GexCon R&D develops and implements models for gaseous and liquid releases and atmospheric dispersion in the CFD code FLACS.
Flammable and toxic gases are usually stored and transported at elevated pressures or at low temperatures. During an accidental release, compressed gases may undergo complex flashing processes or transition from supersonic to subsonic flow just after an orifice. It is not practical to resolve all details of these physical phenomena in CFD simulations on industrial scales, and flashing liquid releases and transition from supersonic to subsonic flows are therefore represented by models derived from theoretical and/or empirical considerations. Furthermore, releases of cryogenic liquids, or from releases of materials with boiling points above the ambient temperature may lead to the formation of liquid pools.
- Modelling of flashing releases
- Modelling of pool spread and evaporation
- Modelling of liquefied natural gas (LNG) boiling on water
In spray releases, flashing releases, and releases of CO2, there is a significant mass fraction of liquid droplets or solid particles. Small droplets and particles can be modelled quite accurately by a homogeneous multiphase model. A Lagrangian particle tracking model is under development to improve the accuracy for two-phase jets containing large droplets and particles and to predict rain-out on walls and on the ground.
- Modelling of two-phase jet releases with droplet tracking
- Modelling of CO2 releases
Detailed modelling of flow phenomena in the atmospheric boundary layer by means of CFD is a powerful approach in assessing hazards related to dispersion of flammable or toxic gases in industrial and urban surroundings. Flow patterns in congested areas, around buildings and in complex terrains are not straightforward to describe with simplified models, and reliable calculations require CFD tools with accurate and appropriate sub-models to match the achievable resolution for a given problem.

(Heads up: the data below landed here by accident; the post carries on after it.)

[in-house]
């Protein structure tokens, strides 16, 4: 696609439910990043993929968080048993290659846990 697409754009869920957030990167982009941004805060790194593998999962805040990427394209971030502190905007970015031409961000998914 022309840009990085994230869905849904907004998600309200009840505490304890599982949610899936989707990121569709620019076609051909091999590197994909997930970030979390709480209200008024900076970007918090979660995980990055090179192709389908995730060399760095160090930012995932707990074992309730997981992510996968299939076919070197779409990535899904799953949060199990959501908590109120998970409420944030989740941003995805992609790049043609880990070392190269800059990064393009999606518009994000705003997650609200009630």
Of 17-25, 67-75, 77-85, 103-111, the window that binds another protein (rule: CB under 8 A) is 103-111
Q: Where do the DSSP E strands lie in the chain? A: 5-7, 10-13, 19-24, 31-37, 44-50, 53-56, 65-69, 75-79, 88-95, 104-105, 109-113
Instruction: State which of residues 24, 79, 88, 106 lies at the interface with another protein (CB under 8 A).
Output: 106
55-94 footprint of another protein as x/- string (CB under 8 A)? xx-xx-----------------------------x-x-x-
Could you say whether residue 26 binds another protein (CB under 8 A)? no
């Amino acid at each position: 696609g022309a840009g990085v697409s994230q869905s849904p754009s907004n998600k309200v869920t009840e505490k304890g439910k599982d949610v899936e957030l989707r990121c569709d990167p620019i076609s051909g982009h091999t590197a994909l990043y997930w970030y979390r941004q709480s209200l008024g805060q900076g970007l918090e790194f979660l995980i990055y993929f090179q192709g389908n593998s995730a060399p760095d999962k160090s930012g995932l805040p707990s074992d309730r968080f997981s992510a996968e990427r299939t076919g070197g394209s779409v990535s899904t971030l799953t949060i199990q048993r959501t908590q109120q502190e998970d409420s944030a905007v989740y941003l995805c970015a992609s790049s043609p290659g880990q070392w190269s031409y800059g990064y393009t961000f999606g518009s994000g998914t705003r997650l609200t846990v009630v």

- Turbulence models for complex flows
- Modelling of stable and unstable atmospheric boundary layers
- Terrain import from digital maps
- Coupling with geographical information system (GIS) tools
- Hanna, S.R., Hansen, O.R, Ichard, M. & Strimatis, D. (2009). Computational fluid dynamics (CFD) model simulations of dispersion from railcar releases in industrial and urban areas. Atmospheric Environment, 43: 262-270.
- Hanna, S.R., Brown, M.J., Camelli, F.E., Chan, S.T., Coirier, W.J., Hansen, O.R., Huber, A.H., Kim, S. & Reynolds, R.M. (2006). Detailed simulation of atmospheric flow and dispersion in downtown Manhattan. Bulletin of the American Meteorological Society (BAMS), December 2006: 1713-1726.
- Hanna, S.R., Hansen, O.R. & Dharmavaram, S., (2004). FLACS CFD air quality model performance evaluation with Kit Fox, MUST, Prairie Grass, and EMU observations. Atmospheric Environment, 38: 4675-4687
- Hansen, O.R., Melheim, J.A. & Storvik, E.E. (2007). CFD-modeling of LNG dispersion experiments. AIChE Spring National Meeting & Forty-first Annual Loss Prevention Symposium, 22-26 April 2007, Houston, USA.
- Melheim, J.A., Ichard, M. & Pontiggia, M. (2009). Towards a computational fluid dynamics methodology for studies of large-scale LNG releases. Hazards XXI, 9-12 November 2009, Manchester, UK. IChemE Symposium Series 155: 36-343.
- Ichard, M., Hansen, O.R. & Melheim, J.A. (2010). Releases of pressurized liquefied gases: simulations of the Desert Tortoise test series with the CFD model FLACS, 16th Conference on Air Pollution Meteorology, Atlanta, GA, USA.
- Savvides, C., Tam, V., Os, J.E., Hansen, O.R., van Wingerden, K. & Renoult, J. (2001). Dispersion of fuel in offshore modules: comparison of predictions using FLACS and full scale experiments. ERA conference, 27-28 November 2001.